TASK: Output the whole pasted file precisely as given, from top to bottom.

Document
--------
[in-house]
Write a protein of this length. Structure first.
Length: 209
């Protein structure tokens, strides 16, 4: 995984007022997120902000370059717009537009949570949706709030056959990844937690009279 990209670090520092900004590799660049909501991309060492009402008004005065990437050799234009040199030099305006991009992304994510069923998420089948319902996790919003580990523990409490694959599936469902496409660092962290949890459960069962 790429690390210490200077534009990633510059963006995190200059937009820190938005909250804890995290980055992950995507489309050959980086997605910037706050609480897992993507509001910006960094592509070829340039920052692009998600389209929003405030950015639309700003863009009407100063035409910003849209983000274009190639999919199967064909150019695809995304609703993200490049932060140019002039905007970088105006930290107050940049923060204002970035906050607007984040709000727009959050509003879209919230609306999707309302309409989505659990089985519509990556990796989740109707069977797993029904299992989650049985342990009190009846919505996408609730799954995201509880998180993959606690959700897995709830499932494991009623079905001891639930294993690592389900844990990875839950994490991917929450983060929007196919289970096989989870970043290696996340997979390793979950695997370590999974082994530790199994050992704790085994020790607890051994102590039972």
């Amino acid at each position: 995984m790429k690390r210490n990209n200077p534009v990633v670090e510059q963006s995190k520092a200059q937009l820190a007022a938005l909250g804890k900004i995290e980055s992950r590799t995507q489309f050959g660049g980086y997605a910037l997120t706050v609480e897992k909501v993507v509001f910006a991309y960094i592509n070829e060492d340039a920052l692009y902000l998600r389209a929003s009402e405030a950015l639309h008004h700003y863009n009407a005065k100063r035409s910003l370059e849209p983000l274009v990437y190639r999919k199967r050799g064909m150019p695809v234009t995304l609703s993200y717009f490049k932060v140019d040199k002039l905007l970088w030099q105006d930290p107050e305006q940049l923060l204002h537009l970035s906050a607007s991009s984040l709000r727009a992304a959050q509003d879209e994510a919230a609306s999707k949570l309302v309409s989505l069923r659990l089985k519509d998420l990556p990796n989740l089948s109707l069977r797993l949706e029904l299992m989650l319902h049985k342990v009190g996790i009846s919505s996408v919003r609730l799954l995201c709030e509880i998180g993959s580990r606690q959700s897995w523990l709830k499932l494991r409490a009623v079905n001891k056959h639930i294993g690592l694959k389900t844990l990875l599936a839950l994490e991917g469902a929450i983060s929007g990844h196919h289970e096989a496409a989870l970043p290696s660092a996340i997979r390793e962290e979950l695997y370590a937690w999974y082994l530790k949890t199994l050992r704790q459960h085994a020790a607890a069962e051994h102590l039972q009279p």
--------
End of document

[in-house]
Write a protein of this length. Structure first.
Length: 209
């Protein structure tokens, strides 16, 4: 995984007022997120902000370059717009537009949570949706709030056959990844937690009279 990209670090520092900004590799660049909501991309060492009402008004005065990437050799234009040199030099305006991009992304994510069923998420089948319902996790919003580990523990409490694959599936469902496409660092962290949890459960069962 790429690390210490200077534009990633510059963006995190200059937009820190938005909250804890995290980055992950995507489309050959980086997605910037706050609480897992993507509001910006960094592509070829340039920052692009998600389209929003405030950015639309700003863009009407100063035409910003849209983000274009190639999919199967064909150019695809995304609703993200490049932060140019002039905007970088105006930290107050940049923060204002970035906050607007984040709000727009959050509003879209919230609306999707309302309409989505659990089985519509990556990796989740109707069977797993029904299992989650049985342990009190009846919505996408609730799954995201509880998180993959606690959700897995709830499932494991009623079905001891639930294993690592389900844990990875839950994490991917929450983060929007196919289970096989989870970043290696996340997979390793979950695997370590999974082994530790199994050992704790085994020790607890051994102590039972």
């Amino acid at each position: 995984m790429k690390r210490n990209n200077p534009v990633v670090e510059q963006s995190k520092a200059q937009l820190a007022a938005l909250g804890k900004i995290e980055s992950r590799t995507q489309f050959g660049g980086y997605a910037l997120t706050v609480e897992k909501v993507v509001f910006a991309y960094i592509n070829e060492d340039a920052l692009y902000l998600r389209a929003s009402e405030a950015l639309h008004h700003y863009n009407a005065k100063r035409s910003l370059e849209p983000l274009v990437y190639r999919k199967r050799g064909m150019p695809v234009t995304l609703s993200y717009f490049k932060v140019d040199k002039l905007l970088w030099q105006d930290p107050e305006q940049l923060l204002h537009l970035s906050a607007s991009s984040l709000r727009a992304a959050q509003d879209e994510a919230a609306s999707k949570l309302v309409s989505l069923r659990l089985k519509d998420l990556p990796n989740l089948s109707l069977r797993l949706e029904l299992m989650l319902h049985k342990v009190g996790i009846s919505s996408v919003r609730l799954l995201c709030e509880i998180g993959s580990r606690q959700s897995w523990l709830k499932l494991r409490a009623v079905n001891k056959h639930i294993g690592l694959k389900t844990l990875l599936a839950l994490e991917g469902a929450i983060s929007g990844h196919h289970e096989a496409a989870l970043p290696s660092a996340i997979r390793e962290e979950l695997y370590a937690w999974y082994l530790k949890t199994l050992r704790q459960h085994a020790a607890a069962e051994h102590l039972q009279p």